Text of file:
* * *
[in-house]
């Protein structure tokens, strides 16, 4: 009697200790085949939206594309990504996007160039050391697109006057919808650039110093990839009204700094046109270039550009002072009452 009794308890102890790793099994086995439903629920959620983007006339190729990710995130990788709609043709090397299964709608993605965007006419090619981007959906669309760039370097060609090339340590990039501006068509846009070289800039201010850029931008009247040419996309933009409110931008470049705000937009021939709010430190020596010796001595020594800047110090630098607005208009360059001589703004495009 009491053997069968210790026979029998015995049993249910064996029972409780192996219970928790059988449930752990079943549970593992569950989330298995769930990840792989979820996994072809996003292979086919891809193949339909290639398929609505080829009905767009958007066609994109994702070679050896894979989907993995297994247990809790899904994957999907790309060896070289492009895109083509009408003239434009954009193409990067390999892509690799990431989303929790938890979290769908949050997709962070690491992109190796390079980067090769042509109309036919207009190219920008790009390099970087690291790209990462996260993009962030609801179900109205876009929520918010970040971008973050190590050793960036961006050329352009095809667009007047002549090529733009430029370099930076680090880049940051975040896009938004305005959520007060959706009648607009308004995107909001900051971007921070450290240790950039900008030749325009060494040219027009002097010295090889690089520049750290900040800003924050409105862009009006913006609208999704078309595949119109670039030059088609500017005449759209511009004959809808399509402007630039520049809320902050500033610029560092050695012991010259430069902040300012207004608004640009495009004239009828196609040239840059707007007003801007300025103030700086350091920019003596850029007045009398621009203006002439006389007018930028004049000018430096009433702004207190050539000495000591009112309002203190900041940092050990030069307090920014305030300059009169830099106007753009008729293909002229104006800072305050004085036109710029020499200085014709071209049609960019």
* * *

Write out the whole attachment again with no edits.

[in-house]
């Protein structure tokens, strides 16, 4: 009697200790085949939206594309990504996007160039050391697109006057919808650039110093990839009204700094046109270039550009002072009452 009794308890102890790793099994086995439903629920959620983007006339190729990710995130990788709609043709090397299964709608993605965007006419090619981007959906669309760039370097060609090339340590990039501006068509846009070289800039201010850029931008009247040419996309933009409110931008470049705000937009021939709010430190020596010796001595020594800047110090630098607005208009360059001589703004495009 009491053997069968210790026979029998015995049993249910064996029972409780192996219970928790059988449930752990079943549970593992569950989330298995769930990840792989979820996994072809996003292979086919891809193949339909290639398929609505080829009905767009958007066609994109994702070679050896894979989907993995297994247990809790899904994957999907790309060896070289492009895109083509009408003239434009954009193409990067390999892509690799990431989303929790938890979290769908949050997709962070690491992109190796390079980067090769042509109309036919207009190219920008790009390099970087690291790209990462996260993009962030609801179900109205876009929520918010970040971008973050190590050793960036961006050329352009095809667009007047002549090529733009430029370099930076680090880049940051975040896009938004305005959520007060959706009648607009308004995107909001900051971007921070450290240790950039900008030749325009060494040219027009002097010295090889690089520049750290900040800003924050409105862009009006913006609208999704078309595949119109670039030059088609500017005449759209511009004959809808399509402007630039520049809320902050500033610029560092050695012991010259430069902040300012207004608004640009495009004239009828196609040239840059707007007003801007300025103030700086350091920019003596850029007045009398621009203006002439006389007018930028004049000018430096009433702004207190050539000495000591009112309002203190900041940092050990030069307090920014305030300059009169830099106007753009008729293909002229104006800072305050004085036109710029020499200085014709071209049609960019």